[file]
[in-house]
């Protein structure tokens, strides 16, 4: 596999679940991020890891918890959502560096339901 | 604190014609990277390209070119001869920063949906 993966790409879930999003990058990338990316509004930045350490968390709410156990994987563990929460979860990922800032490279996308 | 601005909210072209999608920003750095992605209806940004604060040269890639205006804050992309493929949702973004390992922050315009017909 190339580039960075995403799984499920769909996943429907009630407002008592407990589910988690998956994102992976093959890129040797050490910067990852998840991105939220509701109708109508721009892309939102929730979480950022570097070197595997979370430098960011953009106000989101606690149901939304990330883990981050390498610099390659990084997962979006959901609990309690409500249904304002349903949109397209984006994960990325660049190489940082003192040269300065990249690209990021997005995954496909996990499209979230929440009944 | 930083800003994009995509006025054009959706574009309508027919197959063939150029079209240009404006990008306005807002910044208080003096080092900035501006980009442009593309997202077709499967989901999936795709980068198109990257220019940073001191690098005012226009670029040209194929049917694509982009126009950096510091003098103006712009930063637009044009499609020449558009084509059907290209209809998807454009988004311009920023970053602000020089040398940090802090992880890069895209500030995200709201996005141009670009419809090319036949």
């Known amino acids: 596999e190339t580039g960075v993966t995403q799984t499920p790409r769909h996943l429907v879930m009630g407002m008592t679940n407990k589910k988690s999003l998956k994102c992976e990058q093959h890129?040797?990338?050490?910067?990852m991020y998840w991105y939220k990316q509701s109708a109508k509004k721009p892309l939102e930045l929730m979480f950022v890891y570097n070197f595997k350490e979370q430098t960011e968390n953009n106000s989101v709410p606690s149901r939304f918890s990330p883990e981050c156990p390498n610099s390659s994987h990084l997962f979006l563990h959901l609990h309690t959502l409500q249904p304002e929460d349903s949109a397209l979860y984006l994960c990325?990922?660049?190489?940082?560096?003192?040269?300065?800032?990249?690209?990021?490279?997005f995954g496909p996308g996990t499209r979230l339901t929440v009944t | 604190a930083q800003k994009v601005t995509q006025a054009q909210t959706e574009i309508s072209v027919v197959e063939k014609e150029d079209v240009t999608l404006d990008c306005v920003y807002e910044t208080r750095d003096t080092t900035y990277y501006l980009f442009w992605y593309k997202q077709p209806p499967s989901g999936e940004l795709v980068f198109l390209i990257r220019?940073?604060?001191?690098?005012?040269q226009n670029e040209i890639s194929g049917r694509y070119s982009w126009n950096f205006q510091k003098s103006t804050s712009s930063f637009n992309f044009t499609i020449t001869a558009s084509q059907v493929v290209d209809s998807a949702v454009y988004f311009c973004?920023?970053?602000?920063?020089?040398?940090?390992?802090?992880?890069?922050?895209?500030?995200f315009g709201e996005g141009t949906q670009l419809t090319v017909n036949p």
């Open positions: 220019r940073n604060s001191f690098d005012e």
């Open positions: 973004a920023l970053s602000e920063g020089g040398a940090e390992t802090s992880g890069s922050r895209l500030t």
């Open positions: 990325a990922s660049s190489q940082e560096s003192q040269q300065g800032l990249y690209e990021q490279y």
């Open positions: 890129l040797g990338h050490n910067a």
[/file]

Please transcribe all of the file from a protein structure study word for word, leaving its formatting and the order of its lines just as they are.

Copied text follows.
[in-house]
């Protein structure tokens, strides 16, 4: 596999679940991020890891918890959502560096339901 | 604190014609990277390209070119001869920063949906 993966790409879930999003990058990338990316509004930045350490968390709410156990994987563990929460979860990922800032490279996308 | 601005909210072209999608920003750095992605209806940004604060040269890639205006804050992309493929949702973004390992922050315009017909 190339580039960075995403799984499920769909996943429907009630407002008592407990589910988690998956994102992976093959890129040797050490910067990852998840991105939220509701109708109508721009892309939102929730979480950022570097070197595997979370430098960011953009106000989101606690149901939304990330883990981050390498610099390659990084997962979006959901609990309690409500249904304002349903949109397209984006994960990325660049190489940082003192040269300065990249690209990021997005995954496909996990499209979230929440009944 | 930083800003994009995509006025054009959706574009309508027919197959063939150029079209240009404006990008306005807002910044208080003096080092900035501006980009442009593309997202077709499967989901999936795709980068198109990257220019940073001191690098005012226009670029040209194929049917694509982009126009950096510091003098103006712009930063637009044009499609020449558009084509059907290209209809998807454009988004311009920023970053602000020089040398940090802090992880890069895209500030995200709201996005141009670009419809090319036949």
């Known amino acids: 596999e190339t580039g960075v993966t995403q799984t499920p790409r769909h996943l429907v879930m009630g407002m008592t679940n407990k589910k988690s999003l998956k994102c992976e990058q093959h890129?040797?990338?050490?910067?990852m991020y998840w991105y939220k990316q509701s109708a109508k509004k721009p892309l939102e930045l929730m979480f950022v890891y570097n070197f595997k350490e979370q430098t960011e968390n953009n106000s989101v709410p606690s149901r939304f918890s990330p883990e981050c156990p390498n610099s390659s994987h990084l997962f979006l563990h959901l609990h309690t959502l409500q249904p304002e929460d349903s949109a397209l979860y984006l994960c990325?990922?660049?190489?940082?560096?003192?040269?300065?800032?990249?690209?990021?490279?997005f995954g496909p996308g996990t499209r979230l339901t929440v009944t | 604190a930083q800003k994009v601005t995509q006025a054009q909210t959706e574009i309508s072209v027919v197959e063939k014609e150029d079209v240009t999608l404006d990008c306005v920003y807002e910044t208080r750095d003096t080092t900035y990277y501006l980009f442009w992605y593309k997202q077709p209806p499967s989901g999936e940004l795709v980068f198109l390209i990257r220019?940073?604060?001191?690098?005012?040269q226009n670029e040209i890639s194929g049917r694509y070119s982009w126009n950096f205006q510091k003098s103006t804050s712009s930063f637009n992309f044009t499609i020449t001869a558009s084509q059907v493929v290209d209809s998807a949702v454009y988004f311009c973004?920023?970053?602000?920063?020089?040398?940090?390992?802090?992880?890069?922050?895209?500030?995200f315009g709201e996005g141009t949906q670009l419809t090319v017909n036949p």
């Open positions: 220019r940073n604060s001191f690098d005012e």
């Open positions: 973004a920023l970053s602000e920063g020089g040398a940090e390992t802090s992880g890069s922050r895209l500030t």
């Open positions: 990325a990922s660049s190489q940082e560096s003192q040269q300065g800032l990249y690209e990021q490279y």
């Open positions: 890129l040797g990338h050490n910067a």